Organizers dream of growing Dominican celebration

ROCHESTER — Inclement weather may have prevented more people from attending the fourth-annual Dominican Family Day last month, but it won’t stop organizers from continuing efforts to realize their dream of creating an event as big as its predecessor at Brown’s Square Park.

More than four decades ago, the park adjacent to Frontier Field served as the site for the Puerto Rican Festival. That festival, which in recent years moved to Frontier’s VIP lot from a prior location at the Civic Center Plaza, draws thousands of people and presents national music acts.

"We’re starting plans already to try and make it bigger," Andy Duran, a member of the Hermanadad Socio Cultural Dominicana, said of the Dominican Family Day that took place Aug. 15. The group plans the annual August event to coincide with Restoration Day in the Dominican Republic, which is celebrated on Aug. 16. "We’re going to make it happen," Duran added.

Restoration Day is a national holiday and marks the day in 1863 when the island nation’s leaders restored the country’s independence from Spain.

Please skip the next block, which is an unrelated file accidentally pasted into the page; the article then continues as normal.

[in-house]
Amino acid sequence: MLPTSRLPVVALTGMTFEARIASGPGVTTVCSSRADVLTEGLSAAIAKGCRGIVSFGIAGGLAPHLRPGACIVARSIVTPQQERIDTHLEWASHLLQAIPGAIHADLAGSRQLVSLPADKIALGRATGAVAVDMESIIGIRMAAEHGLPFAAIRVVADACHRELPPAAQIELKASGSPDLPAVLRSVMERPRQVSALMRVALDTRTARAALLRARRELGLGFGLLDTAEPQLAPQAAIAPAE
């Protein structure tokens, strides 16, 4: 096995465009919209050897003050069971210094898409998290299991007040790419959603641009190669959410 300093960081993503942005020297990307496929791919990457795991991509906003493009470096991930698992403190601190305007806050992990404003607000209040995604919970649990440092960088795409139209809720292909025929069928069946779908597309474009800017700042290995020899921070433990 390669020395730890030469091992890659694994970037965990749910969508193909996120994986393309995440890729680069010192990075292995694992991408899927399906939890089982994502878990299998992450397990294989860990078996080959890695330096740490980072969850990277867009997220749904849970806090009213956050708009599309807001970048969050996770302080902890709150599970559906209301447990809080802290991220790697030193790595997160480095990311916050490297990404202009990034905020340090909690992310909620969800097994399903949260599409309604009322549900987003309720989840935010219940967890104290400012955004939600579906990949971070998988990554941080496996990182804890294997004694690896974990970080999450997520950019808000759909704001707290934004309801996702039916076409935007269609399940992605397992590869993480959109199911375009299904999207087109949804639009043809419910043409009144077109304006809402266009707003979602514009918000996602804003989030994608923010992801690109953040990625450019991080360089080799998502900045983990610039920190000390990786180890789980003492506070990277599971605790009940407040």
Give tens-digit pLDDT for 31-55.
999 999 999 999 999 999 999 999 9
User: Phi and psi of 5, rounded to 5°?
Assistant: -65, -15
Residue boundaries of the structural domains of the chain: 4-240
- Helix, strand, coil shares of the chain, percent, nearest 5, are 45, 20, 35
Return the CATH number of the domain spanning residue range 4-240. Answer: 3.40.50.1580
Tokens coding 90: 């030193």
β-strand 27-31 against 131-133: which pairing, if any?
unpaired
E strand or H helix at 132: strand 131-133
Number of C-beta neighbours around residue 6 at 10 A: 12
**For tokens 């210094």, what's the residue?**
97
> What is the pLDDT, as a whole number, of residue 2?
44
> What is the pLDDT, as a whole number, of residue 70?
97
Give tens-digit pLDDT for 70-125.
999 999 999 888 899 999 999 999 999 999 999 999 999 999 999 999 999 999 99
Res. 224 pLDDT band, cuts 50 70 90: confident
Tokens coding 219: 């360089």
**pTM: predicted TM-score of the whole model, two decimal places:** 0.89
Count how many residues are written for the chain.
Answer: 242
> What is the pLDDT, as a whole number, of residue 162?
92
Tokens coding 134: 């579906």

This year’s local event included music from area bands including Bachata Imperio, DTP and Grupo Impress as well as a dominos tournament. A planned parade was scrapped when Rochester police officials wanted organizers to make the route shorter, Duran said. He added that the group hopes to work something out with the police department to ensure a parade takes place next year.

Despite the rain and lack of parade, though, more than 500 people did come out for the fourth-annual Family Day. Many of them brought lawn chairs to sit and listen to the music or just chatted with family and friends.

As he looked around the park Ramon Nolasco, who is from the Dominican Republic, remarked that he loved the event’s atmosphere.

I feel like I’m in the Dominican Republic," added Nolasco, whose wife, Lori, sang "Quisequeya," during the day’s opening ceremony.

Some of the festivalgoers said that the event has a lot of potential in light of the growth of the Dominican population locally. According to www.migrationpolicy.org/pubs/MPI_Report_Dominican_Pop_US.pdf, Dominicans are the second-largest Latino group in the city, with the population projected to have increased 70 percent from 1,898 in 2000 to 2,679 this year.

Altagracia Volcy, also a Dominican native who has lived in Rochester for the past 15 years, said that for the festival to get bigger as did the Puerto Rican Festival, more of her people need to come out and support the organizers’ efforts.

"We may be fewer in number, but if my people in the community would unite," on Family Day, everyone would benefit, she added. "You feel good (being with) friends from your own country."

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